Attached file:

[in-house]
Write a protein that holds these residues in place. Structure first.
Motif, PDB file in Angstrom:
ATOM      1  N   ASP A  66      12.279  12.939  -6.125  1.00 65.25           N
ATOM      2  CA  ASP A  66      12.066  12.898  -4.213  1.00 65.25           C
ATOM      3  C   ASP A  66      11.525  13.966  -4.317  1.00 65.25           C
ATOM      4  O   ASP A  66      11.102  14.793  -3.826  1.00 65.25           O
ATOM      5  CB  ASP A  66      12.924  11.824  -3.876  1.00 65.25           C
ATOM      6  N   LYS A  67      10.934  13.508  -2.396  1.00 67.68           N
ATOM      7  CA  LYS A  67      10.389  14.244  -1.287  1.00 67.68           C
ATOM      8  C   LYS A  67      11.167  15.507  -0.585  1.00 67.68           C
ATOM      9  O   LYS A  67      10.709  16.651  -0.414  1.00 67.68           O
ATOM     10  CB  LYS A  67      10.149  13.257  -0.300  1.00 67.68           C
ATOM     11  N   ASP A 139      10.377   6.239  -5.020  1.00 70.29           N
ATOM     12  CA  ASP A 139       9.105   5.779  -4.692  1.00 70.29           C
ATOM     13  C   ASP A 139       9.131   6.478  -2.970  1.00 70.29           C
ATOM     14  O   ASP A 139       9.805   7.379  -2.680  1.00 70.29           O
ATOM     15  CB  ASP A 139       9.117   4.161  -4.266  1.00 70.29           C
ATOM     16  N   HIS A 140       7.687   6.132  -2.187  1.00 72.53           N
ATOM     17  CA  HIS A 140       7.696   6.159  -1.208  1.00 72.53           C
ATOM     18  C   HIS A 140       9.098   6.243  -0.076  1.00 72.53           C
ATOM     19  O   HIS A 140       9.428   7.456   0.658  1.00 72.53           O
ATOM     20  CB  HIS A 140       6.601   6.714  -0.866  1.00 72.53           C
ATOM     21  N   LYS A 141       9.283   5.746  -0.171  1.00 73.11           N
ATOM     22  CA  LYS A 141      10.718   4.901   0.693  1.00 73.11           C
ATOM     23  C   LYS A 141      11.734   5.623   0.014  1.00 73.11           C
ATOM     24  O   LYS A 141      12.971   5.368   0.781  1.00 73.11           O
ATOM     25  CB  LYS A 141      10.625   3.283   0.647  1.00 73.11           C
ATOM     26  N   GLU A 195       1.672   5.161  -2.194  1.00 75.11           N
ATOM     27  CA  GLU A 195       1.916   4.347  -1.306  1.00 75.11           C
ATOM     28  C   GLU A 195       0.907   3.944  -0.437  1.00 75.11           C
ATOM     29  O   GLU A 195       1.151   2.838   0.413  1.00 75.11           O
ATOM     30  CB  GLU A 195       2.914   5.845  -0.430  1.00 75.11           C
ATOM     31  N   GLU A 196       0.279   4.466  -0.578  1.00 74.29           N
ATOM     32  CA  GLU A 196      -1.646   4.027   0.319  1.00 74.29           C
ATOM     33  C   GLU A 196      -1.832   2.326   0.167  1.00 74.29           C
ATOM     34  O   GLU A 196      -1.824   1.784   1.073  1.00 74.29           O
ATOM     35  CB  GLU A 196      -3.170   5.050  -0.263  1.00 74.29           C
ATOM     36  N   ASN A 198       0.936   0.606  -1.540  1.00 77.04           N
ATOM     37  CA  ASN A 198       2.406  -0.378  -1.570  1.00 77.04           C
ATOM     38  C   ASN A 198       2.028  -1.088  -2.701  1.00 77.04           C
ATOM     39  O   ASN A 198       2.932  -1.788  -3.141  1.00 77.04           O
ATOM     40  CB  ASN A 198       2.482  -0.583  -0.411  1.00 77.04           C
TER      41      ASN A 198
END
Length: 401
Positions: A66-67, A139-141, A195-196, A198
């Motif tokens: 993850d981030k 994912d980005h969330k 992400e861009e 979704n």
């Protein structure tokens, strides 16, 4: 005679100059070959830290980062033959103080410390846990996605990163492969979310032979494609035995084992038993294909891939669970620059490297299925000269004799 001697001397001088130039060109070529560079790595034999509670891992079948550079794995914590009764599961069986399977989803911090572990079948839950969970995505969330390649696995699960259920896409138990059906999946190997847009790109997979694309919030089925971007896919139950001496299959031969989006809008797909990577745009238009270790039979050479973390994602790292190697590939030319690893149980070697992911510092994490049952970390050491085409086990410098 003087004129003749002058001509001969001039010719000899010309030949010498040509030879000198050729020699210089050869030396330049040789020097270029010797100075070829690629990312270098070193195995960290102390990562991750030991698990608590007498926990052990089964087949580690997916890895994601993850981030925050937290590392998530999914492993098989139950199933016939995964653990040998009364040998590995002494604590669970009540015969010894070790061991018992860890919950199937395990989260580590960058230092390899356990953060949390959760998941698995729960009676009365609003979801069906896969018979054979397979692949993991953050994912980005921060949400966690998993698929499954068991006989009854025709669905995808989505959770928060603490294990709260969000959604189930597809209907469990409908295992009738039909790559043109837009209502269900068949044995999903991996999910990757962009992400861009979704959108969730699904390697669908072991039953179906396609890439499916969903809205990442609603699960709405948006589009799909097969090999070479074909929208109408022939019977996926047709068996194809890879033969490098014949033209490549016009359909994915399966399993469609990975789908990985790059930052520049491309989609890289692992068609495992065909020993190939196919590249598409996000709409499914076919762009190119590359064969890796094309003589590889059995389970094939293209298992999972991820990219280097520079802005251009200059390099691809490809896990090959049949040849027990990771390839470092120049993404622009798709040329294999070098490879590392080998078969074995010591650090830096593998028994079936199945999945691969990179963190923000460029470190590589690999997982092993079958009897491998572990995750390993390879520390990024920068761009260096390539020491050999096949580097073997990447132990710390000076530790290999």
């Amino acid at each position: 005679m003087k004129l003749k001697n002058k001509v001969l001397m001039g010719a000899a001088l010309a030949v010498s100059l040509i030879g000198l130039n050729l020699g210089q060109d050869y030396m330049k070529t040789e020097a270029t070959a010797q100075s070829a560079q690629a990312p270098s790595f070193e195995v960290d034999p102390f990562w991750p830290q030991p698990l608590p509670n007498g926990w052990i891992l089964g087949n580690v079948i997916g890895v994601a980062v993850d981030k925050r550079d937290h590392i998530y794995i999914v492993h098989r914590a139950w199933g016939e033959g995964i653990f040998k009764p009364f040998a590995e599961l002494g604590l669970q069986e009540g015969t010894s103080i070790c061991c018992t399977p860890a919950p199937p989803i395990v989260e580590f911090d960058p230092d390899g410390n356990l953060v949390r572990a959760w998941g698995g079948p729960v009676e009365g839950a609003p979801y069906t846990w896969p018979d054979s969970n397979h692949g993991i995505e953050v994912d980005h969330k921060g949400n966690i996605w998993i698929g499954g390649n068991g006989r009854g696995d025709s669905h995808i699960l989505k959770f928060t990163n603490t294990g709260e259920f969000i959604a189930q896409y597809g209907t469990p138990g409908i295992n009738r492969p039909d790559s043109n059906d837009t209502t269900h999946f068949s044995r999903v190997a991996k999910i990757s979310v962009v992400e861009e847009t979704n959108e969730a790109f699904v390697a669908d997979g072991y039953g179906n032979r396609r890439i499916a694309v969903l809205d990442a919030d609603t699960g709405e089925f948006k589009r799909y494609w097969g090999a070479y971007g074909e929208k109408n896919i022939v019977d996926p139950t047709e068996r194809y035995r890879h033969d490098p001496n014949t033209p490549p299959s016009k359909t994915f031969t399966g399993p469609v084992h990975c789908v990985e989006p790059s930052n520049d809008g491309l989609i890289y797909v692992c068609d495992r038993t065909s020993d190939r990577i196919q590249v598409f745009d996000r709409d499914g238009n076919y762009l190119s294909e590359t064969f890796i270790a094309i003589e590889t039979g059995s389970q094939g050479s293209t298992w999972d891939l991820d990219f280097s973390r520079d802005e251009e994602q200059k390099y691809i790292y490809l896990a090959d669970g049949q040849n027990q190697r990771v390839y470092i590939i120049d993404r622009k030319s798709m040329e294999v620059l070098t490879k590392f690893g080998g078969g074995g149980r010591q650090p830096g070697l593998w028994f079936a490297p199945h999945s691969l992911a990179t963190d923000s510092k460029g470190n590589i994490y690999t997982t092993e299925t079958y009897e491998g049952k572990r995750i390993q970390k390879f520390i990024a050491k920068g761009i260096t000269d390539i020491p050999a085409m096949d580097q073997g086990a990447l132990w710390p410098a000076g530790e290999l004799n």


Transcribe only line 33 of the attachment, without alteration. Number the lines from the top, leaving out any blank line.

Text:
ATOM     30  CB  GLU A 195       2.914   5.845  -0.430  1.00 75.11           C